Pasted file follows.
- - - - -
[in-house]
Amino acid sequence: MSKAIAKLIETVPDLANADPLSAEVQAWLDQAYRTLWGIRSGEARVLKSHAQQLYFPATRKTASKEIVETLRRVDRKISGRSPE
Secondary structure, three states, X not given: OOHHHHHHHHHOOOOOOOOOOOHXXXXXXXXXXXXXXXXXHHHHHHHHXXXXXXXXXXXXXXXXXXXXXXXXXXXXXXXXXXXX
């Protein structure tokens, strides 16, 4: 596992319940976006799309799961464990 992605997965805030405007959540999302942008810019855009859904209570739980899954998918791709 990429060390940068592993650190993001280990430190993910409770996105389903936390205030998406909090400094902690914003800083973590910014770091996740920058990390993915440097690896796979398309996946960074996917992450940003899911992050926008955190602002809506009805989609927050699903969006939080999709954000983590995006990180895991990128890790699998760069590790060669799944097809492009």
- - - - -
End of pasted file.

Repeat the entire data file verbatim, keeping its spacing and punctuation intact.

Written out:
[in-house]
Amino acid sequence: MSKAIAKLIETVPDLANADPLSAEVQAWLDQAYRTLWGIRSGEARVLKSHAQQLYFPATRKTASKEIVETLRRVDRKISGRSPE
Secondary structure, three states, X not given: OOHHHHHHHHHOOOOOOOOOOOHXXXXXXXXXXXXXXXXXHHHHHHHHXXXXXXXXXXXXXXXXXXXXXXXXXXXXXXXXXXXX
């Protein structure tokens, strides 16, 4: 596992319940976006799309799961464990 992605997965805030405007959540999302942008810019855009859904209570739980899954998918791709 990429060390940068592993650190993001280990430190993910409770996105389903936390205030998406909090400094902690914003800083973590910014770091996740920058990390993915440097690896796979398309996946960074996917992450940003899911992050926008955190602002809506009805989609927050699903969006939080999709954000983590995006990180895991990128890790699998760069590790060669799944097809492009």